We did everything for the kids–they slept with us, all of it–and there was never any time just for us. Don’t, for god’s sake, forget that your relationship needs to be watered, too. I’ve been thinking a lot about forgiveness lately, and how exactly it is that we forgive. Looking back, I can’t believe how much time and energy we were wasting being resentful. That’s not to say that we won’t cross this bridge at some point again in the future–I’m sure we will.
4) Decide you’re going to stay married, no matter what. Say it out loud and figure out what you need to do to both agree to it. And I’ve come to the following conclusion: we just do. Here’s the craziest thing: once Ken and I decided to just let go of our resentments and forgive each other, it was simple. Life is full of challenges, especially when you’re married with young children, that’s just how it goes.
This one came to me from an acquaintance who practiced attachment parenting, and was an avid supporter of the whole practice.
I ran into him one day as his divorce was being finalized, and he looked a little shell shocked over the fact that he was actually getting divorced.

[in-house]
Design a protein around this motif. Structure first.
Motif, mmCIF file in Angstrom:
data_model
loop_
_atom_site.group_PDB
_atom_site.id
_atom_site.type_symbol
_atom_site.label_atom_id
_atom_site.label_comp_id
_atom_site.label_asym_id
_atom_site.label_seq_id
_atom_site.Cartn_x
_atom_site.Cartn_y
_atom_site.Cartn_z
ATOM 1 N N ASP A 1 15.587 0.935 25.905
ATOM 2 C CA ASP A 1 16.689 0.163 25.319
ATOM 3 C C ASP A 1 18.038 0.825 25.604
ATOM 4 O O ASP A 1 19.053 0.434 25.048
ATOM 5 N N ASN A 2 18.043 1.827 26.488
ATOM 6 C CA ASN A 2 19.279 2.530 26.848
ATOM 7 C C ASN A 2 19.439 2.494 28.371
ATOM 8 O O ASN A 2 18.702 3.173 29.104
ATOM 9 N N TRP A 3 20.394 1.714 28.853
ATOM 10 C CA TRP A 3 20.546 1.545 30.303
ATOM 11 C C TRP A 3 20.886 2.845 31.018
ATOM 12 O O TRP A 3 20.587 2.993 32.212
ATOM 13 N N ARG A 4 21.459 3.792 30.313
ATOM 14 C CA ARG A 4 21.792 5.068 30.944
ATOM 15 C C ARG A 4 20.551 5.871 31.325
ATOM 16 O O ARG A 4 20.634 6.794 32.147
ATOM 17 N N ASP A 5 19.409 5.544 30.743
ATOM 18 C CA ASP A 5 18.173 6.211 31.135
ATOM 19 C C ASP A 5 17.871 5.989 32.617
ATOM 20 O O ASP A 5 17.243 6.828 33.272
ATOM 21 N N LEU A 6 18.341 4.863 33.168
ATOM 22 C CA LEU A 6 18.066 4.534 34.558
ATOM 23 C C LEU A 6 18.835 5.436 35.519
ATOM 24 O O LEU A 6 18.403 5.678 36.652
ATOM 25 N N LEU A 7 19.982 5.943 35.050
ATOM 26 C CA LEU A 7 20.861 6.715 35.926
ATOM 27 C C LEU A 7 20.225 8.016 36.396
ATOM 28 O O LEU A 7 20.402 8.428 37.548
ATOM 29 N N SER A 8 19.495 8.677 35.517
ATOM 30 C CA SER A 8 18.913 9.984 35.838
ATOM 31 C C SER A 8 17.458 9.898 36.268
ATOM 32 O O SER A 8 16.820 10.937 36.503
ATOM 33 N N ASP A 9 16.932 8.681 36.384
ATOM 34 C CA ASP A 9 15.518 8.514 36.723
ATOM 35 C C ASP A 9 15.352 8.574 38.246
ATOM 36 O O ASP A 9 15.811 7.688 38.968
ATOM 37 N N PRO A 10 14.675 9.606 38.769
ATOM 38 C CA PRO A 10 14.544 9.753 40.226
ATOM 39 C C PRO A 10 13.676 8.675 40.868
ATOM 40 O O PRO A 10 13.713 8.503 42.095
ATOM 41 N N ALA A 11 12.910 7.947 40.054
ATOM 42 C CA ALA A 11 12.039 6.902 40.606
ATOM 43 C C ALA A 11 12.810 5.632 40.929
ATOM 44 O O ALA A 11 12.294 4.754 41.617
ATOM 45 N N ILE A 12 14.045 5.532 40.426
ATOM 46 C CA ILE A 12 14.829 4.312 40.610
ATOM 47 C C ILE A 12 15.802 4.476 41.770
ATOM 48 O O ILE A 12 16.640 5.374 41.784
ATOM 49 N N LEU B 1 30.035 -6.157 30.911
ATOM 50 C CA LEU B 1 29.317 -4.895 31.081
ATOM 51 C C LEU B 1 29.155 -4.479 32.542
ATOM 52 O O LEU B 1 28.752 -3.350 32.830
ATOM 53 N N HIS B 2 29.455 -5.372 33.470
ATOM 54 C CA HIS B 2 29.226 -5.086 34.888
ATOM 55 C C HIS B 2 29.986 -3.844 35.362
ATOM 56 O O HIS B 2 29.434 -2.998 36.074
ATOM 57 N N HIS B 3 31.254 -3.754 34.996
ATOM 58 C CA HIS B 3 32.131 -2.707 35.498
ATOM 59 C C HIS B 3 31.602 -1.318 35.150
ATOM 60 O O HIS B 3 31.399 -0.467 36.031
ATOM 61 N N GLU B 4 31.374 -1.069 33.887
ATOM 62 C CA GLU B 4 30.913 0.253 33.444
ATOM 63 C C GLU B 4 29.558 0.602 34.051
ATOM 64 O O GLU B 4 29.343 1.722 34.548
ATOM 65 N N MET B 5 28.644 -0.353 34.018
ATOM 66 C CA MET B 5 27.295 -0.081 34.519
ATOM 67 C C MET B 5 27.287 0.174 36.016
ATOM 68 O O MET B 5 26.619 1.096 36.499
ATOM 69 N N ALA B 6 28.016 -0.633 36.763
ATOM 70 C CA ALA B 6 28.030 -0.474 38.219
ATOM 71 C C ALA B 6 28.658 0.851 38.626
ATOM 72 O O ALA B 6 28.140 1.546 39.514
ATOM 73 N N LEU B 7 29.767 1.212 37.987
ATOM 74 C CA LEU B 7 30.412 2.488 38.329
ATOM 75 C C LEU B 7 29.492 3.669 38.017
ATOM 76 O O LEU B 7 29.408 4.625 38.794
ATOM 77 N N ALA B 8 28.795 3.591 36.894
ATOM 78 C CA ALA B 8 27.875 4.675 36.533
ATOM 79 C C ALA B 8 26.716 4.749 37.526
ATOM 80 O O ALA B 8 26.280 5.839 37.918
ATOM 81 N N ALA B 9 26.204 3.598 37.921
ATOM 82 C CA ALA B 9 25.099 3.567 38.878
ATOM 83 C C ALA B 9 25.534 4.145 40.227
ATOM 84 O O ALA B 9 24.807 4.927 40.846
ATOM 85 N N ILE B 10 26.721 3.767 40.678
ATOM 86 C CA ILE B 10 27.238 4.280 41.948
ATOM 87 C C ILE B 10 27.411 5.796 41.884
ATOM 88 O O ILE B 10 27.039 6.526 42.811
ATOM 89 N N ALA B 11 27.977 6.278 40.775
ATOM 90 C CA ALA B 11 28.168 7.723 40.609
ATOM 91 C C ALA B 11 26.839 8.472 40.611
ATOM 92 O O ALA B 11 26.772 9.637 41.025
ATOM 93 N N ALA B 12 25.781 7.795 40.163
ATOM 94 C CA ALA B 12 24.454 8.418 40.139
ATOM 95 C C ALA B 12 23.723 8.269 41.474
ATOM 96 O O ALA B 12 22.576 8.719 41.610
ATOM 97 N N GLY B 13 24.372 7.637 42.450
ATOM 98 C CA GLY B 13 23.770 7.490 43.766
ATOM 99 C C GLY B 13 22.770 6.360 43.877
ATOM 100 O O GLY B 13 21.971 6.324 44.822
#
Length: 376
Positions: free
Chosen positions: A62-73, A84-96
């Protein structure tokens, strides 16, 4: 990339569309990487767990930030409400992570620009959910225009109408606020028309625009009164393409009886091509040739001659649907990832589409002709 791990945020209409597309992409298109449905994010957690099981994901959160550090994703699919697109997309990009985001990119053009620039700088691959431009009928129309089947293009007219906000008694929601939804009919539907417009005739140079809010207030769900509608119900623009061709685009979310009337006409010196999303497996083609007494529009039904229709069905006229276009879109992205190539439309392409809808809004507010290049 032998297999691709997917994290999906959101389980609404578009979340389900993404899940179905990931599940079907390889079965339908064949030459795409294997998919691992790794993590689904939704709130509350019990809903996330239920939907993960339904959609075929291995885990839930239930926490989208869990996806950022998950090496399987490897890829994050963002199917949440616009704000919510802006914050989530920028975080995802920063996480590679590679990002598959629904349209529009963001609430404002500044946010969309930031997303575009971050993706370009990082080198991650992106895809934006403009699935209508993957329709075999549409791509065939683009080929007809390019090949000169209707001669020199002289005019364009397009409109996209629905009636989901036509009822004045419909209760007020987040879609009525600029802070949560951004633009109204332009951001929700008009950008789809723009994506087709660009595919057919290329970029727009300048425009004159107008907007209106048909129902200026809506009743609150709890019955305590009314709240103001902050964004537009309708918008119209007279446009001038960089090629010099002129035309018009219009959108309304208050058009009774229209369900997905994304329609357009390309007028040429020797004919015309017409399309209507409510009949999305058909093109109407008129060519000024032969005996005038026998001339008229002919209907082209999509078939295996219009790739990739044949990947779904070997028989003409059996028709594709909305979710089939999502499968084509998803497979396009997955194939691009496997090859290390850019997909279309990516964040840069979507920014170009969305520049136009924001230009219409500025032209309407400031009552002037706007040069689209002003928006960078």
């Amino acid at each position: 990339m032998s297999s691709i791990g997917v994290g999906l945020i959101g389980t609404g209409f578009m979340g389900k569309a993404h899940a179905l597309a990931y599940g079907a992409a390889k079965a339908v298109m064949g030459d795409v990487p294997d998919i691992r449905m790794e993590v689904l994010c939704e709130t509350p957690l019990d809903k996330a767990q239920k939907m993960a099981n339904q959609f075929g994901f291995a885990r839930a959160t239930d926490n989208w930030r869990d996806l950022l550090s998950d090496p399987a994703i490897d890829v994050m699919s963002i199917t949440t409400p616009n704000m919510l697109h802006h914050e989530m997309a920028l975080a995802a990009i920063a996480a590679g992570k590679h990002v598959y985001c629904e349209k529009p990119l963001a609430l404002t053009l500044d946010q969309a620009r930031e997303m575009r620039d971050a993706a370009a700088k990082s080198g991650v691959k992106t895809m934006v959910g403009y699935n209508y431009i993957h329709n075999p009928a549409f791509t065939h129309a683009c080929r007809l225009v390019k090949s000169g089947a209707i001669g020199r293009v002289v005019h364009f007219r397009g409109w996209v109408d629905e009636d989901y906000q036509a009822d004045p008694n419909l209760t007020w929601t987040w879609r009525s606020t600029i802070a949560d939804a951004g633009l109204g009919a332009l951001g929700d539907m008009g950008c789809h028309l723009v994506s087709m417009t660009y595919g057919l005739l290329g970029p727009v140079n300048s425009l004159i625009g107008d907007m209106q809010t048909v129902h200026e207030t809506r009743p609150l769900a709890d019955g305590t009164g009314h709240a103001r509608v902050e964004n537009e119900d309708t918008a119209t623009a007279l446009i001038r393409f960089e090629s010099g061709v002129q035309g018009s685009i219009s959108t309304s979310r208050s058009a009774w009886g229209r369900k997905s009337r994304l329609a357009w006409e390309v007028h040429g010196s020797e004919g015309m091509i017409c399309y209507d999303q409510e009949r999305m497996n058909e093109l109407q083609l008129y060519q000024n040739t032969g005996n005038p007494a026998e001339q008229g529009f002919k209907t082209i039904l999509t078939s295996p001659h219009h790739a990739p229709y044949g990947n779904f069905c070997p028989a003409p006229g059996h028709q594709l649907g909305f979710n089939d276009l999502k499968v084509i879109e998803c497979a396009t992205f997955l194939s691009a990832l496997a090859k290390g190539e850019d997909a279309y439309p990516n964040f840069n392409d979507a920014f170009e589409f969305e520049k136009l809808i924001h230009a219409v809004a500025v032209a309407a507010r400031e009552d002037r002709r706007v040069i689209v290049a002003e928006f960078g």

Here’s what he had to say: “If there’s one tip I’d share, it’s that you have to make time for your adult relationship, too. We thought there would be plenty of time for us when the kids were older, but by the time they got older, it was too late.” So far, I’ve stayed away from the attachment parenting debate as much as possible, but I can’t get his words (or his sad face) out of my mind.
2) Figure out what kind of payoff you’re getting from being resentful. Do you feel better after you’ve stomped around the house and/or told your friends what a jerk your husband/wife is?
I’ve found that when I complain about something to others, it takes just enough of the steam out of equation s.